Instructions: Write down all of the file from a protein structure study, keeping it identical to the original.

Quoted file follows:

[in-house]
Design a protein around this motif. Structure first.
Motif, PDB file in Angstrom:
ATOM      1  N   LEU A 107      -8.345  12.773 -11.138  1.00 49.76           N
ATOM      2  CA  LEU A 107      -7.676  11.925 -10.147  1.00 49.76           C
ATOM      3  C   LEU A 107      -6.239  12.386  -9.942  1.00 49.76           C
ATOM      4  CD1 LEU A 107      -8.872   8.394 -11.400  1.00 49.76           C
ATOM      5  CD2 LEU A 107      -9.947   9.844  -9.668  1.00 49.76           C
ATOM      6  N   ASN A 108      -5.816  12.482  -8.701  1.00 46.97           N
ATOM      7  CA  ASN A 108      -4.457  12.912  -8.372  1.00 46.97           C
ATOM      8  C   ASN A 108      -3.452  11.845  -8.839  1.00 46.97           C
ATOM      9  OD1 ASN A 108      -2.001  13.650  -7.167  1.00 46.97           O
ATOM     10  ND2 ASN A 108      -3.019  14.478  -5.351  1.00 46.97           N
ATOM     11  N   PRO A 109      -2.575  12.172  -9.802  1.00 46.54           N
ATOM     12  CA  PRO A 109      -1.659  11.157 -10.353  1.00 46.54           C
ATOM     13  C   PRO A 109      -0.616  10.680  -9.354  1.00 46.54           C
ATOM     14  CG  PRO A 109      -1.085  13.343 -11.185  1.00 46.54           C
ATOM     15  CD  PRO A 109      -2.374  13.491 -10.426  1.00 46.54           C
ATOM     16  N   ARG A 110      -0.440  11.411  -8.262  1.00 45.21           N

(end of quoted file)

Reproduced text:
[in-house]
Design a protein around this motif. Structure first.
Motif, PDB file in Angstrom:
ATOM      1  N   LEU A 107      -8.345  12.773 -11.138  1.00 49.76           N
ATOM      2  CA  LEU A 107      -7.676  11.925 -10.147  1.00 49.76           C
ATOM      3  C   LEU A 107      -6.239  12.386  -9.942  1.00 49.76           C
ATOM      4  CD1 LEU A 107      -8.872   8.394 -11.400  1.00 49.76           C
ATOM      5  CD2 LEU A 107      -9.947   9.844  -9.668  1.00 49.76           C
ATOM      6  N   ASN A 108      -5.816  12.482  -8.701  1.00 46.97           N
ATOM      7  CA  ASN A 108      -4.457  12.912  -8.372  1.00 46.97           C
ATOM      8  C   ASN A 108      -3.452  11.845  -8.839  1.00 46.97           C
ATOM      9  OD1 ASN A 108      -2.001  13.650  -7.167  1.00 46.97           O
ATOM     10  ND2 ASN A 108      -3.019  14.478  -5.351  1.00 46.97           N
ATOM     11  N   PRO A 109      -2.575  12.172  -9.802  1.00 46.54           N
ATOM     12  CA  PRO A 109      -1.659  11.157 -10.353  1.00 46.54           C
ATOM     13  C   PRO A 109      -0.616  10.680  -9.354  1.00 46.54           C
ATOM     14  CG  PRO A 109      -1.085  13.343 -11.185  1.00 46.54           C
ATOM     15  CD  PRO A 109      -2.374  13.491 -10.426  1.00 46.54           C
ATOM     16  N   ARG A 110      -0.440  11.411  -8.262  1.00 45.21           N